Balthasar Hubmaier's Sword: A Circumstantial Development
Wiens, Rudolph Henry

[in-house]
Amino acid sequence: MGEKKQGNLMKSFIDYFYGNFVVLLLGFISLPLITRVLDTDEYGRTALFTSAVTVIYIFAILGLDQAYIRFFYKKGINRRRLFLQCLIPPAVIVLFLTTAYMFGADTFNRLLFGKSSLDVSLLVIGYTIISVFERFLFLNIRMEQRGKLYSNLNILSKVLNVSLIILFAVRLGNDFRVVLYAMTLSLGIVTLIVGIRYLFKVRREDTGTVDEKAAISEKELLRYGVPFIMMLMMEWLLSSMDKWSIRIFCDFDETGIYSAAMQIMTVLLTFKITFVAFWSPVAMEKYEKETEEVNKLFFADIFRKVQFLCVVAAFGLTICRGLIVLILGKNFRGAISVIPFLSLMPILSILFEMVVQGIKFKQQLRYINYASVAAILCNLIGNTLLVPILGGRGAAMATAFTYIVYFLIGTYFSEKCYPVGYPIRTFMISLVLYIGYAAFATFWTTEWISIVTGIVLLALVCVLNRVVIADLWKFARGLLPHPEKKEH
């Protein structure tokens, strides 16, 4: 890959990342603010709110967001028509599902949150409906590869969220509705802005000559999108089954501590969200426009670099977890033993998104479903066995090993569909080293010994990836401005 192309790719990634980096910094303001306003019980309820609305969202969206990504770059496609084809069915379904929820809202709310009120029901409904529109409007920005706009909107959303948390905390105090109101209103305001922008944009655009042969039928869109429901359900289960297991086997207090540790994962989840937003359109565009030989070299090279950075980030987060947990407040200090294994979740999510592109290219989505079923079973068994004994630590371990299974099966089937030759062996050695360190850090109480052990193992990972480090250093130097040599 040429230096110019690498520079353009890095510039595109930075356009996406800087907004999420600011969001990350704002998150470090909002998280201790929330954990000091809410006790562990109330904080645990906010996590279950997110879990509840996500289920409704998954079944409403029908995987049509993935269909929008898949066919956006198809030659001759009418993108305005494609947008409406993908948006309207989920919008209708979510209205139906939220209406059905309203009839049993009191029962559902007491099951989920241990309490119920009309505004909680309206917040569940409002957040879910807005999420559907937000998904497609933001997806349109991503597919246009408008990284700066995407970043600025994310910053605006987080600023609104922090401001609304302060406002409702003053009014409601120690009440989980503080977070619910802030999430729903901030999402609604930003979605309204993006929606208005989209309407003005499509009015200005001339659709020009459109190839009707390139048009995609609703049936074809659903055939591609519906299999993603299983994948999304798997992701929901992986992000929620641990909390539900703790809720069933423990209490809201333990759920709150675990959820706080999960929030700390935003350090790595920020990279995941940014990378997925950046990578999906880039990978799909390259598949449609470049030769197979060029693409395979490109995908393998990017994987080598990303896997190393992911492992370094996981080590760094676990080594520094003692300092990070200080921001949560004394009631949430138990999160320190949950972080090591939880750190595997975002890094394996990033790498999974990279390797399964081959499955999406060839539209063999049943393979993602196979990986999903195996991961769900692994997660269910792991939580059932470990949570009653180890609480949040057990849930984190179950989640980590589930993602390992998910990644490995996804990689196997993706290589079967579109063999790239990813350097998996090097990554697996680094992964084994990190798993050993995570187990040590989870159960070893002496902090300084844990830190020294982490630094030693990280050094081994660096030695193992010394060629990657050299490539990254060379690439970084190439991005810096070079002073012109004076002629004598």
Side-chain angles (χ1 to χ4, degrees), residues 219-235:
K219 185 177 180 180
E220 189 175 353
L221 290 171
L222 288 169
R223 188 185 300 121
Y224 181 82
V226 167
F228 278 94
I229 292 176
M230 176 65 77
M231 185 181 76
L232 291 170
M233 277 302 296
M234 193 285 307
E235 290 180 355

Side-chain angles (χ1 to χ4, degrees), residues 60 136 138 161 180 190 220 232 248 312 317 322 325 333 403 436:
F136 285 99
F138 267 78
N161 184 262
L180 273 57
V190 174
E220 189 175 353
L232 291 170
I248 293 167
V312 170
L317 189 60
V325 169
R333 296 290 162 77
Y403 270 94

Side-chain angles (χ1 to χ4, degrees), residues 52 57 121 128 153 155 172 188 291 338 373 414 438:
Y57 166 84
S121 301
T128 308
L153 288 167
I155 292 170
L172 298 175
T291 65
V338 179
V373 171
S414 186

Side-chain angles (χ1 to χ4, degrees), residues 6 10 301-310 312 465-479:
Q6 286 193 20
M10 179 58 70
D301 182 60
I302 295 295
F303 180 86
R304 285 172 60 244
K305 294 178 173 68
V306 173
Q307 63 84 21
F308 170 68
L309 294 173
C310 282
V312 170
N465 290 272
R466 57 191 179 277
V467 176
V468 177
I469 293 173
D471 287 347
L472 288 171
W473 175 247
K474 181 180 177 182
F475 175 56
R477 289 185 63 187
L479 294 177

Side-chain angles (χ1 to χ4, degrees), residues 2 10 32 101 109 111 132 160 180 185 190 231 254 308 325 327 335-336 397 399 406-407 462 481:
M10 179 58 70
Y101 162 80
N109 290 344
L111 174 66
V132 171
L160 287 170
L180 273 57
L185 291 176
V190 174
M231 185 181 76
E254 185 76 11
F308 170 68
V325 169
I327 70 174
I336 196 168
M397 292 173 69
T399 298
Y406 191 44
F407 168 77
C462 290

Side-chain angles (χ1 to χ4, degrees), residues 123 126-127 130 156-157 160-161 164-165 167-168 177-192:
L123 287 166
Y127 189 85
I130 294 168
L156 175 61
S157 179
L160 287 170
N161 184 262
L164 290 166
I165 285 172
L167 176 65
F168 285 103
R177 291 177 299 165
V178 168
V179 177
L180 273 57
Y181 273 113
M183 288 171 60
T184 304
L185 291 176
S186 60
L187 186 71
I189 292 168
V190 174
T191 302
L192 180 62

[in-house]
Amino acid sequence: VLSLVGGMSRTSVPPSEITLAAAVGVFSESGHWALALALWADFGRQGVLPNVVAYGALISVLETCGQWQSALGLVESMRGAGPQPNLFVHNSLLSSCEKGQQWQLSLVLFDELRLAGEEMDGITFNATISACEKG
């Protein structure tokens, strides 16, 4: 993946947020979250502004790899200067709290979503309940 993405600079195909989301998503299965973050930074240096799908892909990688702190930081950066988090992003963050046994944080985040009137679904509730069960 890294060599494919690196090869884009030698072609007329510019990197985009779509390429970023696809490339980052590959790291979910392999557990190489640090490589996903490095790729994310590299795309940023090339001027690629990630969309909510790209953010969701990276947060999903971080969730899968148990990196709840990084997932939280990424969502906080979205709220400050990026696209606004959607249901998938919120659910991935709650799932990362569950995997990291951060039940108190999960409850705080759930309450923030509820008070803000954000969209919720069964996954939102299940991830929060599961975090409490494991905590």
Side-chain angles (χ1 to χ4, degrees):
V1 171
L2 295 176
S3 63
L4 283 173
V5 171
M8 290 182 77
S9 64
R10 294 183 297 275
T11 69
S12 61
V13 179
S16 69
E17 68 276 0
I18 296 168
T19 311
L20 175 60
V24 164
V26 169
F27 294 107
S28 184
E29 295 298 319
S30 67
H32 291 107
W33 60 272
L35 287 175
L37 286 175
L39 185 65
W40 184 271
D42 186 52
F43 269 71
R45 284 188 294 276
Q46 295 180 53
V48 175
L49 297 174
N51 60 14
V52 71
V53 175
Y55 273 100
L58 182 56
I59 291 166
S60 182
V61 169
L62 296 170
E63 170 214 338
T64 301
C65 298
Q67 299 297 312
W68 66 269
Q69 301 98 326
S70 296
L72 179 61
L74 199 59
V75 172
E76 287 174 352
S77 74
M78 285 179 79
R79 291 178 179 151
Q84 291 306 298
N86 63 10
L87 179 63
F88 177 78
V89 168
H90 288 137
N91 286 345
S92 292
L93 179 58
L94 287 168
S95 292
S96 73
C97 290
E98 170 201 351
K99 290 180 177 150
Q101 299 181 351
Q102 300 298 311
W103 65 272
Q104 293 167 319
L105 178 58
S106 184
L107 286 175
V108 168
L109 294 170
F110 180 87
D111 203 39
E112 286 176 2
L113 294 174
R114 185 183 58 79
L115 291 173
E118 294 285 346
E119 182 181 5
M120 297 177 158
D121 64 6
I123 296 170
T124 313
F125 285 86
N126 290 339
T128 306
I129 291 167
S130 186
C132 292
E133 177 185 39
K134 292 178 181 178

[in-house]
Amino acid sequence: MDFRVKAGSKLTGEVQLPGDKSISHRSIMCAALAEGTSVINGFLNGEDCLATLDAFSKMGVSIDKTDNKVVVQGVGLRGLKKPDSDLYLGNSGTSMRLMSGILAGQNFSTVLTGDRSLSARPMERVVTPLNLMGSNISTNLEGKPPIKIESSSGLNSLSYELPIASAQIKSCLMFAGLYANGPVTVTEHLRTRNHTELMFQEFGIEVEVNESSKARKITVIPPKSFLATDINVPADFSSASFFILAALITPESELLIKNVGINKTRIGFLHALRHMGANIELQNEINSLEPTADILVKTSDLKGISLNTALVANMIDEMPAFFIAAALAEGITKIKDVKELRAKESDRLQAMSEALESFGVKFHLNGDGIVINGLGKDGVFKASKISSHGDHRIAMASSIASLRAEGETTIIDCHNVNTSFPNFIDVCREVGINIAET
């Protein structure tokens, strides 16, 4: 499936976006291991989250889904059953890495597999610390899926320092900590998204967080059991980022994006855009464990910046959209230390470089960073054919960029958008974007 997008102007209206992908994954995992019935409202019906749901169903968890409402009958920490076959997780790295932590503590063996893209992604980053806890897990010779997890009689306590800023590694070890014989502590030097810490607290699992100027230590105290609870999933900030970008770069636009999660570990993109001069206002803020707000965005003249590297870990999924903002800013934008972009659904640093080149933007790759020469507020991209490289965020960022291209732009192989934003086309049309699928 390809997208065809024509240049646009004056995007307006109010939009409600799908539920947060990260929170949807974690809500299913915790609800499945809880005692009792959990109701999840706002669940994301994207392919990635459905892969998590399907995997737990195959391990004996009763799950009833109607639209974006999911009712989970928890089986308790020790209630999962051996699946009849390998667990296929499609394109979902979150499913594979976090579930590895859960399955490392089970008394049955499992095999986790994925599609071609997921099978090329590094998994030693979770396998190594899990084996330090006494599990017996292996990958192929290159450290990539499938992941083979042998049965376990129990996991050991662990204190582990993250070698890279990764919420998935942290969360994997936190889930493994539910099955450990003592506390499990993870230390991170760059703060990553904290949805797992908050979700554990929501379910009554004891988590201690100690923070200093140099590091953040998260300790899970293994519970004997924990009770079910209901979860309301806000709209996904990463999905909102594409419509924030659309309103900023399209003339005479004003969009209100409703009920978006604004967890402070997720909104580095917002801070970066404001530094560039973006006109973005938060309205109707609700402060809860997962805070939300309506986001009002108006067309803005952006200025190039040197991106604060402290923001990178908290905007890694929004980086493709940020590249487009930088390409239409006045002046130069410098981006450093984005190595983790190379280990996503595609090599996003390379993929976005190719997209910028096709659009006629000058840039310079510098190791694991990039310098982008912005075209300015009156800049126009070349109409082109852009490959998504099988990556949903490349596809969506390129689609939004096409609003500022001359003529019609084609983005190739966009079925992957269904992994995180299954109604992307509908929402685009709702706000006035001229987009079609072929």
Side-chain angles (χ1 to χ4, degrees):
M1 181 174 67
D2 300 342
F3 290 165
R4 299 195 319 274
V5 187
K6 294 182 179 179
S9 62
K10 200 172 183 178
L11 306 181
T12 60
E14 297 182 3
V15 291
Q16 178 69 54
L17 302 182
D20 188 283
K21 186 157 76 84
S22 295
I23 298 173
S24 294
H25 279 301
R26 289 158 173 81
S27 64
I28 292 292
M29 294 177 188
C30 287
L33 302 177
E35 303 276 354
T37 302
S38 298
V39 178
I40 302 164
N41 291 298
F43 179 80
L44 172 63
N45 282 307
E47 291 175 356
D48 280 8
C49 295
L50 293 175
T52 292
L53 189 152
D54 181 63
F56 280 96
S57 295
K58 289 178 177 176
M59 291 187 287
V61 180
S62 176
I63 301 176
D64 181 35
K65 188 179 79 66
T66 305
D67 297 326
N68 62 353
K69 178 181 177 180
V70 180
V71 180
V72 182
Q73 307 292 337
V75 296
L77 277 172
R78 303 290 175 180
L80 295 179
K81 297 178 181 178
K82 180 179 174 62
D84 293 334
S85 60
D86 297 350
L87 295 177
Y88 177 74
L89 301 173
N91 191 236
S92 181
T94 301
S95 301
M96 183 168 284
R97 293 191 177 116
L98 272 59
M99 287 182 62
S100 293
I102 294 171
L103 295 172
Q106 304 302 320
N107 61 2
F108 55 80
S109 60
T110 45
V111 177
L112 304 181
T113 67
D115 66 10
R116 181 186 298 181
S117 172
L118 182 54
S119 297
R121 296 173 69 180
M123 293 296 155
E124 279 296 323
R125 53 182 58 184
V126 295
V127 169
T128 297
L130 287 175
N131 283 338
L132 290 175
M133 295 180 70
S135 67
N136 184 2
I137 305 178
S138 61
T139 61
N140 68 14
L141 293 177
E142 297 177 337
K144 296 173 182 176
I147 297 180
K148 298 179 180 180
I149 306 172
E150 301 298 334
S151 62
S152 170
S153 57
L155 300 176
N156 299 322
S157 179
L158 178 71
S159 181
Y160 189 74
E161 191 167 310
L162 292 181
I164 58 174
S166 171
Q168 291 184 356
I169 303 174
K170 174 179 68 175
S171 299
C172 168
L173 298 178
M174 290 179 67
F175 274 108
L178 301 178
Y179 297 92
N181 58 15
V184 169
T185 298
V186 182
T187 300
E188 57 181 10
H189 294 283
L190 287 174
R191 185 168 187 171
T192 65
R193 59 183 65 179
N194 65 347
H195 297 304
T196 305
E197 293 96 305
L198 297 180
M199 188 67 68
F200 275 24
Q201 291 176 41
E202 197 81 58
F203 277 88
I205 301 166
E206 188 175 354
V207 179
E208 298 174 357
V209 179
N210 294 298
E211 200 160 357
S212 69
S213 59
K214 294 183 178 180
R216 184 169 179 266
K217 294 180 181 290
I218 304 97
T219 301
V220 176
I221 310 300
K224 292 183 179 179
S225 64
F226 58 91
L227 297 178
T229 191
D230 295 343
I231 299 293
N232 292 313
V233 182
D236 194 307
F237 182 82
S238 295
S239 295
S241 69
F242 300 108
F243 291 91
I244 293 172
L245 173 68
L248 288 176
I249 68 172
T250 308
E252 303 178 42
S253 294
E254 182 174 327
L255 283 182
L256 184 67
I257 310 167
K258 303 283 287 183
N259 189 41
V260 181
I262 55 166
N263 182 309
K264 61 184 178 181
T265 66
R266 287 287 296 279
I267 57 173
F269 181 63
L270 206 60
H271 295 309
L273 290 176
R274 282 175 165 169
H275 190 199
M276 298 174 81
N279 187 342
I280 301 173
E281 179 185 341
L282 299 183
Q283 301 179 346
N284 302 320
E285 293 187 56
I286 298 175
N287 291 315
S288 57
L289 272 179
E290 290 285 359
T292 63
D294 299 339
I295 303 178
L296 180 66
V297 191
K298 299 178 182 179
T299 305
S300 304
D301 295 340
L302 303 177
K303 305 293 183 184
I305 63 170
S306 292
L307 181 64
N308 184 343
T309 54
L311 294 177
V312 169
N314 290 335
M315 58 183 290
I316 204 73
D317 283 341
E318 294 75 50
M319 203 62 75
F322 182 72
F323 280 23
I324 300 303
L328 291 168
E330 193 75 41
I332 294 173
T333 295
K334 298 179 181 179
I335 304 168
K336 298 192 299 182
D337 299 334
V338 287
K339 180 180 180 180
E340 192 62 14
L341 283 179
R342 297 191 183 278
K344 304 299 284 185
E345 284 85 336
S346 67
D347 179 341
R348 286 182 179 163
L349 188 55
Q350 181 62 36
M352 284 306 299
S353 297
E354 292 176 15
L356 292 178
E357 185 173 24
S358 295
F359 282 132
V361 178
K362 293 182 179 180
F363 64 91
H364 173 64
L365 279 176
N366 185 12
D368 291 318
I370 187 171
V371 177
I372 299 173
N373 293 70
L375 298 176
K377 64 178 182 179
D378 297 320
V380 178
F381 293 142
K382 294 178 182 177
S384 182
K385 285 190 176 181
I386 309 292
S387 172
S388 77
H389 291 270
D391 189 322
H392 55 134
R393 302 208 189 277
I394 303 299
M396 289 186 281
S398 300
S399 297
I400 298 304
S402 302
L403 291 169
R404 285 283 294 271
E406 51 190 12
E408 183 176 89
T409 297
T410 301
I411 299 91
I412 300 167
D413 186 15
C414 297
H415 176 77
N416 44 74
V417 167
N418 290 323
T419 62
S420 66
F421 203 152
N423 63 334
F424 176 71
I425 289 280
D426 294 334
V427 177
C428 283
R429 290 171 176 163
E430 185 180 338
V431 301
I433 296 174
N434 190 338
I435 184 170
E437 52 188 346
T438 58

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The sixteenth century Bavarian Anabaptist, Balthasar Hubmaier (ca. 1480-1528), has had a disputed role in Anabaptist historiography ever since his martyrdom in March, 1528. On the one hand he is known as the most erudite and prolific writer of the early Anabaptists, and on the other he has been separated from the original Zurich Brethren by his rejection of two major principles, total separation from the world and absolute non-resistance, that were supposedly held unanimously by the Zurich Brethren. Today Hubmaier’s reputation for militancy has been endorsed by most writers, but this militancy is not expressed in any of his writings except On the Sword, the last tract written before his death. Using the well-documented biography of Hubmaier by Bergsten and his own writings collected and translated by Pipkin and Yoder, the thesis explores the question of the extent to which Hubmaier was willing to advocate the use of lethal force by government or against government. It is found that only one source, Johann Faber, accused Hubmaier of inciting peasant revolt , and that witness would seem dubious by any modern standard. Arguments that Hubmaier was ostracized by the Zurich Brethren are found to be conjectural and dependent upon anachronism. Thus in the critical years 1524-26, Hubmaier was a veritable Swiss Brethren. On the Sword indicates a major change in Hubmaier’s thinking, and the reasons for that change are explored.